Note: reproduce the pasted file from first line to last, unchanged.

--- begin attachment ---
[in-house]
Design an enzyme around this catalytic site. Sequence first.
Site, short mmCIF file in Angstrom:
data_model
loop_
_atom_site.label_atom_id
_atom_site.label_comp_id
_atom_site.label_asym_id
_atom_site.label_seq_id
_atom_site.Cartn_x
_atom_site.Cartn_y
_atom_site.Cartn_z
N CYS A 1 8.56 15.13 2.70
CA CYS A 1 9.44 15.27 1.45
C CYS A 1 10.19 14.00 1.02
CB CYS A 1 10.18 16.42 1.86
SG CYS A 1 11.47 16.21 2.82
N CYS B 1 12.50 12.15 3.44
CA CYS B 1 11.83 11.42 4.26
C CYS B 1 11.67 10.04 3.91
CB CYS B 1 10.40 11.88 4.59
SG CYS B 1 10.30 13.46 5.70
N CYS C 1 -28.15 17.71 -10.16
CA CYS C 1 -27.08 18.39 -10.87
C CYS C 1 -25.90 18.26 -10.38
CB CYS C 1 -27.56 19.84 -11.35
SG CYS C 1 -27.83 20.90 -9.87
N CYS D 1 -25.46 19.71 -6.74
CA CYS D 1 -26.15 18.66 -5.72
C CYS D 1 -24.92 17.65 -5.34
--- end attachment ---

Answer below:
[in-house]
Design an enzyme around this catalytic site. Sequence first.
Site, short mmCIF file in Angstrom:
data_model
loop_
_atom_site.label_atom_id
_atom_site.label_comp_id
_atom_site.label_asym_id
_atom_site.label_seq_id
_atom_site.Cartn_x
_atom_site.Cartn_y
_atom_site.Cartn_z
N CYS A 1 8.56 15.13 2.70
CA CYS A 1 9.44 15.27 1.45
C CYS A 1 10.19 14.00 1.02
CB CYS A 1 10.18 16.42 1.86
SG CYS A 1 11.47 16.21 2.82
N CYS B 1 12.50 12.15 3.44
CA CYS B 1 11.83 11.42 4.26
C CYS B 1 11.67 10.04 3.91
CB CYS B 1 10.40 11.88 4.59
SG CYS B 1 10.30 13.46 5.70
N CYS C 1 -28.15 17.71 -10.16
CA CYS C 1 -27.08 18.39 -10.87
C CYS C 1 -25.90 18.26 -10.38
CB CYS C 1 -27.56 19.84 -11.35
SG CYS C 1 -27.83 20.90 -9.87
N CYS D 1 -25.46 19.71 -6.74
CA CYS D 1 -26.15 18.66 -5.72
C CYS D 1 -24.92 17.65 -5.34